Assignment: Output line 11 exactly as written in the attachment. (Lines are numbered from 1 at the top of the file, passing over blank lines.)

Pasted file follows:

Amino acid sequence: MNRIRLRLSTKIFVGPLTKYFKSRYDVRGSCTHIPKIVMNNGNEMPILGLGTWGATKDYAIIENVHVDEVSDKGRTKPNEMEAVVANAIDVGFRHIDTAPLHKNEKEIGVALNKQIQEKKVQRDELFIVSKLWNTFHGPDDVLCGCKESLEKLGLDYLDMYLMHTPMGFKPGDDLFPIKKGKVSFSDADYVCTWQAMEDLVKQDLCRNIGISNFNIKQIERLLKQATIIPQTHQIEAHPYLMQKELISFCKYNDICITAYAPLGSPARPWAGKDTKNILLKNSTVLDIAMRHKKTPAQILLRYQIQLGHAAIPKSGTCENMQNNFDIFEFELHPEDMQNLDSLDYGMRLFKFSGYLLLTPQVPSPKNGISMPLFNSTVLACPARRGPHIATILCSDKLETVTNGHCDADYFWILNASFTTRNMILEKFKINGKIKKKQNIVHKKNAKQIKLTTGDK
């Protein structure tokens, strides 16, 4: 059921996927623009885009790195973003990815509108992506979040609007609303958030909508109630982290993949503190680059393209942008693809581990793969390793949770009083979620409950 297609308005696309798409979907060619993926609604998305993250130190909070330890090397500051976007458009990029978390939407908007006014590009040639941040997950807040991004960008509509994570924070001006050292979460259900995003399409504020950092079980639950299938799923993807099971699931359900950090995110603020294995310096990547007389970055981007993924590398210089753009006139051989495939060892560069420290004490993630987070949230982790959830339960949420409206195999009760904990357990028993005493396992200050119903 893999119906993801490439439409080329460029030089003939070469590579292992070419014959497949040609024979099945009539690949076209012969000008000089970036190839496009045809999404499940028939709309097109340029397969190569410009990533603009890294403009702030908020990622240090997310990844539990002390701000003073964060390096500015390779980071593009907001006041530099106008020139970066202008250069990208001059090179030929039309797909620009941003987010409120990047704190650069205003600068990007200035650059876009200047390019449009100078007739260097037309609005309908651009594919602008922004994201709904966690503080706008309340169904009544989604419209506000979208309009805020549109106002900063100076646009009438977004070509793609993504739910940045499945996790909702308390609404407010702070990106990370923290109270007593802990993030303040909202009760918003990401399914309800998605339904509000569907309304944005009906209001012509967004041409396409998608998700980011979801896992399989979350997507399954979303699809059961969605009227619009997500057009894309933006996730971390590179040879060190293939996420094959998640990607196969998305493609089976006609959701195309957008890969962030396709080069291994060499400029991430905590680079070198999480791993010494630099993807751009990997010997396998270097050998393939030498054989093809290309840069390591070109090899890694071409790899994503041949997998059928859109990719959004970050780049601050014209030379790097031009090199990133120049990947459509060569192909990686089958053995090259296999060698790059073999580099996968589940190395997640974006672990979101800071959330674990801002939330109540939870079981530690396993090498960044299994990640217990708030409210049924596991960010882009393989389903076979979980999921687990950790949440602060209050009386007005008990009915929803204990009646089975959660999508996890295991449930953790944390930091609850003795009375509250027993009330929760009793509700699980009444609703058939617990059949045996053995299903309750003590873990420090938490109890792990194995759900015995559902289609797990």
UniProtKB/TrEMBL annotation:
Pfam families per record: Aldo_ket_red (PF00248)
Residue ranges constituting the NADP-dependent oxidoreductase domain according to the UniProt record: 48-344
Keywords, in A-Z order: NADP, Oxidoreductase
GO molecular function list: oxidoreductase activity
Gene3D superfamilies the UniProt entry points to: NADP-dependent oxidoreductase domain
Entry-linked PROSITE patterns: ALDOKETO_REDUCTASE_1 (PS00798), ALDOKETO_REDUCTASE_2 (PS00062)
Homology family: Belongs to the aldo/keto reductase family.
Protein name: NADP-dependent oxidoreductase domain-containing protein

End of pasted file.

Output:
Protein name: NADP-dependent oxidoreductase domain-containing protein